I was recently a customer of two salesmen. I was so amazed by the differences that I thought the experience would be worth sharing, as there is a lesson here for those in retail businesses.
I entered the shop with the intention to buy. I had already shopped around and had been there before. After a few questions and some discussion about pricing, I agreed to go ahead with the purchase. The time was 4.35pm. The salesman said to me:
“Oh, I’m sorry. We’re closed now. We close at 4.30pm so I can’t help you. Everything’s been turned off. Come back tomorrow and I’ll put the order through then.”
I’m not sure if my disbelief showed on my face. As a business coach, I just couldn’t believe my ears. It seemed like such irrational behaviour. After all, this was not a $5 purchase. It was in excess of $1,000. Everything was turned off – really? Did he really not want my business?
I rang to enquire about a deal that I had seen online which turned out to have such restrictive conditions that it really wasn’t available to me. That call could have ended there but it went on for over an hour as the salesman used every possible lure to entice me to purchase. I consider myself a fairly shrewd buyer and he had to work very hard for the deal but I did, after an hour and a half on the phone with him, BUY.
As it turns out, I did still buy from Salesman #1 but only because the price I was getting was worth the inconvenience of another trip to the store plus, he hadn’t been rude or particularly unhelpful in any other way. It seemed to me that this person had to be an employee and not the owner as it was the only logical explanation for his lack of motivation to “close the sale”. In fact on both occasions that I had attended the store, there was no one in the showroom and either my husband or I had to go out of our way to seek someone out for assistance.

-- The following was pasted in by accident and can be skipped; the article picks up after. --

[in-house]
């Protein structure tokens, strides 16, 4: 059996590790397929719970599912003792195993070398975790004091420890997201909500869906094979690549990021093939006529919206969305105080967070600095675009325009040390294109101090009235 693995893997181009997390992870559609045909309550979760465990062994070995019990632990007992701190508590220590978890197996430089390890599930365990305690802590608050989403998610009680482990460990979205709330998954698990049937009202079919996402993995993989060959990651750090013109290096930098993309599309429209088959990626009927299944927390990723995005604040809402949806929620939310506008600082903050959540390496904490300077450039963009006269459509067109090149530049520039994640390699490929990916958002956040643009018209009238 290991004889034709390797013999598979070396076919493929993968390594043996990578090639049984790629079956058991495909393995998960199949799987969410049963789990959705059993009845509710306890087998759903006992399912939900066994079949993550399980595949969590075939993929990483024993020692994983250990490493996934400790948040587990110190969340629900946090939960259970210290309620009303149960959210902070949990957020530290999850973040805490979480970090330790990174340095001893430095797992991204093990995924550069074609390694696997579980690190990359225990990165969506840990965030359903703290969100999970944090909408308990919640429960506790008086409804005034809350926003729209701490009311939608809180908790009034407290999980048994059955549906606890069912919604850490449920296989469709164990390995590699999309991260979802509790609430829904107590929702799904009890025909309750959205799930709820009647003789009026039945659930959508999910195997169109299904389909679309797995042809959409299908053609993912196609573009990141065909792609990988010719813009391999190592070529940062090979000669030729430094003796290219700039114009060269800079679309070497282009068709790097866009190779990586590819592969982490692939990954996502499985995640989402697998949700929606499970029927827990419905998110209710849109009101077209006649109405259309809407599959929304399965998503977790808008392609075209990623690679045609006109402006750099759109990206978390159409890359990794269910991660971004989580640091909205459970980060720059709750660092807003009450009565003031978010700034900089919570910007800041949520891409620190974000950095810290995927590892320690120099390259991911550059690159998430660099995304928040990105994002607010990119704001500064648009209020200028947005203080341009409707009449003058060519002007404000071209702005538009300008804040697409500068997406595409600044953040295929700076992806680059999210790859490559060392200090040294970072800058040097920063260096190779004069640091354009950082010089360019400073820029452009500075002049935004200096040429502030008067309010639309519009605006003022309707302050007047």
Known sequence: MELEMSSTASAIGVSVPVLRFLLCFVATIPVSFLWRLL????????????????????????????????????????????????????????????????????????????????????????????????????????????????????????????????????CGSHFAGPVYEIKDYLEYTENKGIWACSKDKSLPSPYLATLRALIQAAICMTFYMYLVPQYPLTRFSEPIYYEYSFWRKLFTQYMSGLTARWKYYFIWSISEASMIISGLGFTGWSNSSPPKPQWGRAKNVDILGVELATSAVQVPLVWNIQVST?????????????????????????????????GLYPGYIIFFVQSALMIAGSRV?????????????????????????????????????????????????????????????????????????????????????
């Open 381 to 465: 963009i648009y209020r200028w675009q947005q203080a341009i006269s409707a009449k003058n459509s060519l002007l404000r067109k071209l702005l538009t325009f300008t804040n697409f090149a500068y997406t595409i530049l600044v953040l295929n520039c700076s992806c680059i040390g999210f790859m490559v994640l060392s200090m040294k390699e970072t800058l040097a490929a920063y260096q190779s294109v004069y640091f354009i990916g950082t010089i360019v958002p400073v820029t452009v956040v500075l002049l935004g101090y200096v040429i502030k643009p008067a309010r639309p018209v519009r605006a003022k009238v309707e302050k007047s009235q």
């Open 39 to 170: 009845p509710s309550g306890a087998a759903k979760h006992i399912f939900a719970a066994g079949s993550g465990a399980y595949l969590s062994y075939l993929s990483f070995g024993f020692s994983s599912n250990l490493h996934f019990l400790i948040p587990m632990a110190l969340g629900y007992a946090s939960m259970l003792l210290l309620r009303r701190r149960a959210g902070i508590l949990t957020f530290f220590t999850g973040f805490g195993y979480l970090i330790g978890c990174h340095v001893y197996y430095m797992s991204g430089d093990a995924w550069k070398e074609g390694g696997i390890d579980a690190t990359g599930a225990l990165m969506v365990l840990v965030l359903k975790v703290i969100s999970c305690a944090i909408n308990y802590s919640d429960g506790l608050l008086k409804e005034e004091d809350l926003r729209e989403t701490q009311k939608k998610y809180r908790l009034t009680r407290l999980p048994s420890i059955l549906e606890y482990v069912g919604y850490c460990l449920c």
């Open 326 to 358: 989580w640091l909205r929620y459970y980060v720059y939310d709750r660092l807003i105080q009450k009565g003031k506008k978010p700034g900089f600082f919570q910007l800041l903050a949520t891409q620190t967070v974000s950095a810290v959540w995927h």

Salesman #2 was a call centre operator, one who found out exactly what I had, what I paid and what I needed. He persisted. If I had left that phone call without buying, it was extremely unlikely that I would return. He knew that so he persisted. He eventually discovered my real objection which was the 24-month contract, so he got approval from his supervisor to offer a compromise – a small upfront payment, $3 more per month with no contract. I was happy with that.
Which salesman would you want working for you?
I should state that I abhor “hard sells” and would never advocate overbearing sales tactics. However, there is a fine between “too much” selling and “not enough”.
What do you think the moral of this story is?